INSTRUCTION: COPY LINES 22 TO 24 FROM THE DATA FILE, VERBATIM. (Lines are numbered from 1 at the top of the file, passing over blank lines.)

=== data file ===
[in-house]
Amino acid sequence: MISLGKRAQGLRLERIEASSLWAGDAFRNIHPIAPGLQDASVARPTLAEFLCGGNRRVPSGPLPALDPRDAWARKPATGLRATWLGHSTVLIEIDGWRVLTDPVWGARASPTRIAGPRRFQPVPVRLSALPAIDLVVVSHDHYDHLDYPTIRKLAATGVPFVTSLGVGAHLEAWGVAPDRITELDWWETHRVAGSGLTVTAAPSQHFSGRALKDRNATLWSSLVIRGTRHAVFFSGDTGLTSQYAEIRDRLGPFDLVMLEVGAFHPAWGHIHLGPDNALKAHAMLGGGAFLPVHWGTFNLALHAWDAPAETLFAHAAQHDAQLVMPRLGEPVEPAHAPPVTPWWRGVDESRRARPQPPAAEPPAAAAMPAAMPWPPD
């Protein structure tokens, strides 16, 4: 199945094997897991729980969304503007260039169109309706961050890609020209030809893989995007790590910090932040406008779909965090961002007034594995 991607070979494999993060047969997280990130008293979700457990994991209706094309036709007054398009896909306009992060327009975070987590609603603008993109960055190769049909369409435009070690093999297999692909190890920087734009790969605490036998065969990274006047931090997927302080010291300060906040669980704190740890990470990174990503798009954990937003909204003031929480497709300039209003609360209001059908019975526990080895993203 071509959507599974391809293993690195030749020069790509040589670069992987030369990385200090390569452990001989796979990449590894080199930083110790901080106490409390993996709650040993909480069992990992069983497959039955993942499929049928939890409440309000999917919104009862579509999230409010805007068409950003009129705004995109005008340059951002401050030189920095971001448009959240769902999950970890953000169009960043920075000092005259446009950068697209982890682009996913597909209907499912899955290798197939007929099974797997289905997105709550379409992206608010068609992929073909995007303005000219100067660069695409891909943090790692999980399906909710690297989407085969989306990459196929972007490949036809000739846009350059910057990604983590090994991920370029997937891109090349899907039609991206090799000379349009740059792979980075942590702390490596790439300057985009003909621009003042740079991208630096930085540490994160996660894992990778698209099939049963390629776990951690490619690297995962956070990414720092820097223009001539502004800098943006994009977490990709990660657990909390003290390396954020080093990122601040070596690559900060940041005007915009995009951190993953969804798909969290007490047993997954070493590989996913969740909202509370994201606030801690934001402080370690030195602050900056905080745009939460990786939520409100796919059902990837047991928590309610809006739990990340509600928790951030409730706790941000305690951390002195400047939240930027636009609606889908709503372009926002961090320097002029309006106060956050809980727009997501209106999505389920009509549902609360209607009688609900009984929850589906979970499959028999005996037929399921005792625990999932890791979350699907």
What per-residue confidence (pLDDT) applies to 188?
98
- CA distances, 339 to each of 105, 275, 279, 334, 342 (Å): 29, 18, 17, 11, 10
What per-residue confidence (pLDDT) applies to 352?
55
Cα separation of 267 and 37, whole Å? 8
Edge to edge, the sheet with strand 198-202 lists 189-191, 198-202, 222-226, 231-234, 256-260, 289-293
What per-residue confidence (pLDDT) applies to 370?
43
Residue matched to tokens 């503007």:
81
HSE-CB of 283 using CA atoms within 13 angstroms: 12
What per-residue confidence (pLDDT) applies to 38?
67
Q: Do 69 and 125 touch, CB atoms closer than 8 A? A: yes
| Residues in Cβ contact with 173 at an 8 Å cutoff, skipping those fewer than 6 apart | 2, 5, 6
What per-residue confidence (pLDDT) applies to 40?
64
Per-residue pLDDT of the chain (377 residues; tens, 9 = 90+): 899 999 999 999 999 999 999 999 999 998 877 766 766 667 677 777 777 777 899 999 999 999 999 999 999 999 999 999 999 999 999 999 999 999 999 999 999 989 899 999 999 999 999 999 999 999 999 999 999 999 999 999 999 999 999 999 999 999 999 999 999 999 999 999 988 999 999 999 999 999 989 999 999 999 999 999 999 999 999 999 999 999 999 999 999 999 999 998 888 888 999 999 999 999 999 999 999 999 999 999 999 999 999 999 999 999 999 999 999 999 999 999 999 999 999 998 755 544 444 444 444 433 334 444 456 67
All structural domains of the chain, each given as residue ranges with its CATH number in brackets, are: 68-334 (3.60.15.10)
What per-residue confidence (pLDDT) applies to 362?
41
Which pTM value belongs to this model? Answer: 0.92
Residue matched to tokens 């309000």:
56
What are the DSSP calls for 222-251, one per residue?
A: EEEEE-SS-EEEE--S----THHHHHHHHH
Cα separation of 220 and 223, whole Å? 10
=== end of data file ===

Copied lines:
Per-residue pLDDT of the chain (377 residues; tens, 9 = 90+): 899 999 999 999 999 999 999 999 999 998 877 766 766 667 677 777 777 777 899 999 999 999 999 999 999 999 999 999 999 999 999 999 999 999 999 999 999 989 899 999 999 999 999 999 999 999 999 999 999 999 999 999 999 999 999 999 999 999 999 999 999 999 999 999 988 999 999 999 999 999 989 999 999 999 999 999 999 999 999 999 999 999 999 999 999 999 999 998 888 888 999 999 999 999 999 999 999 999 999 999 999 999 999 999 999 999 999 999 999 999 999 999 999 999 999 998 755 544 444 444 444 433 334 444 456 67
All structural domains of the chain, each given as residue ranges with its CATH number in brackets, are: 68-334 (3.60.15.10)
What per-residue confidence (pLDDT) applies to 362?